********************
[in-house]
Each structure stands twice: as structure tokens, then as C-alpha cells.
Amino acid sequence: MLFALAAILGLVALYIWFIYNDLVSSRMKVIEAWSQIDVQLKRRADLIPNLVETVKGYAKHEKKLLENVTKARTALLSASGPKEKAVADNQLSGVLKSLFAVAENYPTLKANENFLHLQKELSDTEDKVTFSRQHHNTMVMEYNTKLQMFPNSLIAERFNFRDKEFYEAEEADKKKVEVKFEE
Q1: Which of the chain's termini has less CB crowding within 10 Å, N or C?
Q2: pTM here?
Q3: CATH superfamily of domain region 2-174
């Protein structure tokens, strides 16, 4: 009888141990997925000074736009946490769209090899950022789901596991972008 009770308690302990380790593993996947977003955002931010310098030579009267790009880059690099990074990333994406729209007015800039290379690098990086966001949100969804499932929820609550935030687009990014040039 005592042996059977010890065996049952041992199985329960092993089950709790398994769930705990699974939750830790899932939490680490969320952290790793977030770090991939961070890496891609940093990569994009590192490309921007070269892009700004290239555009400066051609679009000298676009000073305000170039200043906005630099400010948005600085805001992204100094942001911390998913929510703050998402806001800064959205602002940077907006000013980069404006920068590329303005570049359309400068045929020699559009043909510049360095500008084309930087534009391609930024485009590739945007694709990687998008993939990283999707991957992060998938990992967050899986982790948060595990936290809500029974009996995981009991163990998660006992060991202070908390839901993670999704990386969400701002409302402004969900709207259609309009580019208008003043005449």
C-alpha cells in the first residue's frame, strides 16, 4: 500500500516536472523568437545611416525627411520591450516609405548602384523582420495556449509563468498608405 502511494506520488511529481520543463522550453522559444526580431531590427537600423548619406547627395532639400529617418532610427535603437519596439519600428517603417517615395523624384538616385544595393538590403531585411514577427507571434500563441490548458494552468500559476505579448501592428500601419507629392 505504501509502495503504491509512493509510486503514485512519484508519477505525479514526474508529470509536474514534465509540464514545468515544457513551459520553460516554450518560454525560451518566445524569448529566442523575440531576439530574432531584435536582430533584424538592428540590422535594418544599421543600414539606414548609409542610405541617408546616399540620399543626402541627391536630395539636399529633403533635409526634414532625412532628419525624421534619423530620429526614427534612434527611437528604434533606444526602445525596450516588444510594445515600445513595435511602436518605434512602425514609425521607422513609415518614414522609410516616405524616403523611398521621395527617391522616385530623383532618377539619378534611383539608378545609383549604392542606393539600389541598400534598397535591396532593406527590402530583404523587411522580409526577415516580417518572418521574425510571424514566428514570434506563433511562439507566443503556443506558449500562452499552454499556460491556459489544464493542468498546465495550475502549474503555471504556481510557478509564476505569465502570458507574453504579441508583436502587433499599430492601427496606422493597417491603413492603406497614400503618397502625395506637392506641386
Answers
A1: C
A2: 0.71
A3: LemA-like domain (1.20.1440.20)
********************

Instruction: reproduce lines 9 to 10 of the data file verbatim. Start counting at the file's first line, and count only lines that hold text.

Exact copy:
Answers
A1: C